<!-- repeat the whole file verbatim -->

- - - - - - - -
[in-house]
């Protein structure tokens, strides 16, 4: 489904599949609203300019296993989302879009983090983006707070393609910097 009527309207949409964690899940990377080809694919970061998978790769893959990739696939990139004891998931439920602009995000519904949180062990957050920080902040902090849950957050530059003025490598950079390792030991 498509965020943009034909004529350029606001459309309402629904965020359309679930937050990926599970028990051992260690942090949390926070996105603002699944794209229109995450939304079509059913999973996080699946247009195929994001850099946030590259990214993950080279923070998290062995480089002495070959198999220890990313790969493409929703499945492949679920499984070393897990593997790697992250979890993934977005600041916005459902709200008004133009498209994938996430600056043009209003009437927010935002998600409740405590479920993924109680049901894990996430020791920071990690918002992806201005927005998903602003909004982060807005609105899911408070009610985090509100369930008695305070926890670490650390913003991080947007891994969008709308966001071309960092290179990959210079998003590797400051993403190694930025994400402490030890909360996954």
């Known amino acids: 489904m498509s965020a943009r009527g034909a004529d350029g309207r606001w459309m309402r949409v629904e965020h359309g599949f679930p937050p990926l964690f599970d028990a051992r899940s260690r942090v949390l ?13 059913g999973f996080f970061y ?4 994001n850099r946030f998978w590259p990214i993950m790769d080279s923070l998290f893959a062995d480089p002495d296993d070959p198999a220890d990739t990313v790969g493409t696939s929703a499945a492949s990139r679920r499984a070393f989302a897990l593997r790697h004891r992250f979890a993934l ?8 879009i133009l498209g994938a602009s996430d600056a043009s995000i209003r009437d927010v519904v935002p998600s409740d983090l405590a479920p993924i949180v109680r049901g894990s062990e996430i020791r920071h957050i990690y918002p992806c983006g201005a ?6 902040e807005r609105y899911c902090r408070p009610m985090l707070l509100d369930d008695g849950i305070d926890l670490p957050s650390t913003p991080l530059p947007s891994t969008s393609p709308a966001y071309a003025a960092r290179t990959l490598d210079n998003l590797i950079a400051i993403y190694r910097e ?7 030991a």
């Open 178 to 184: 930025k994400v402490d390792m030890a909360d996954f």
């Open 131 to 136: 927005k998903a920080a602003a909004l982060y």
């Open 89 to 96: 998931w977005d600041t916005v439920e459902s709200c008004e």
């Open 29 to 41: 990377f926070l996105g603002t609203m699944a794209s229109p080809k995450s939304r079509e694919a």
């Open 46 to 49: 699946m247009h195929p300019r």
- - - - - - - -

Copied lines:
[in-house]
């Protein structure tokens, strides 16, 4: 489904599949609203300019296993989302879009983090983006707070393609910097 009527309207949409964690899940990377080809694919970061998978790769893959990739696939990139004891998931439920602009995000519904949180062990957050920080902040902090849950957050530059003025490598950079390792030991 498509965020943009034909004529350029606001459309309402629904965020359309679930937050990926599970028990051992260690942090949390926070996105603002699944794209229109995450939304079509059913999973996080699946247009195929994001850099946030590259990214993950080279923070998290062995480089002495070959198999220890990313790969493409929703499945492949679920499984070393897990593997790697992250979890993934977005600041916005459902709200008004133009498209994938996430600056043009209003009437927010935002998600409740405590479920993924109680049901894990996430020791920071990690918002992806201005927005998903602003909004982060807005609105899911408070009610985090509100369930008695305070926890670490650390913003991080947007891994969008709308966001071309960092290179990959210079998003590797400051993403190694930025994400402490030890909360996954």
């Known amino acids: 489904m498509s965020a943009r009527g034909a004529d350029g309207r606001w459309m309402r949409v629904e965020h359309g599949f679930p937050p990926l964690f599970d028990a051992r899940s260690r942090v949390l ?13 059913g999973f996080f970061y ?4 994001n850099r946030f998978w590259p990214i993950m790769d080279s923070l998290f893959a062995d480089p002495d296993d070959p198999a220890d990739t990313v790969g493409t696939s929703a499945a492949s990139r679920r499984a070393f989302a897990l593997r790697h004891r992250f979890a993934l ?8 879009i133009l498209g994938a602009s996430d600056a043009s995000i209003r009437d927010v519904v935002p998600s409740d983090l405590a479920p993924i949180v109680r049901g894990s062990e996430i020791r920071h957050i990690y918002p992806c983006g201005a ?6 902040e807005r609105y899911c902090r408070p009610m985090l707070l509100d369930d008695g849950i305070d926890l670490p957050s650390t913003p991080l530059p947007s891994t969008s393609p709308a966001y071309a003025a960092r290179t990959l490598d210079n998003l590797i950079a400051i993403y190694r910097e ?7 030991a």
């Open 178 to 184: 930025k994400v402490d390792m030890a909360d996954f």
């Open 131 to 136: 927005k998903a920080a602003a909004l982060y």
């Open 89 to 96: 998931w977005d600041t916005v439920e459902s709200c008004e």
């Open 29 to 41: 990377f926070l996105g603002t609203m699944a794209s229109p080809k995450s939304r079509e694919a």
């Open 46 to 49: 699946m247009h195929p300019r």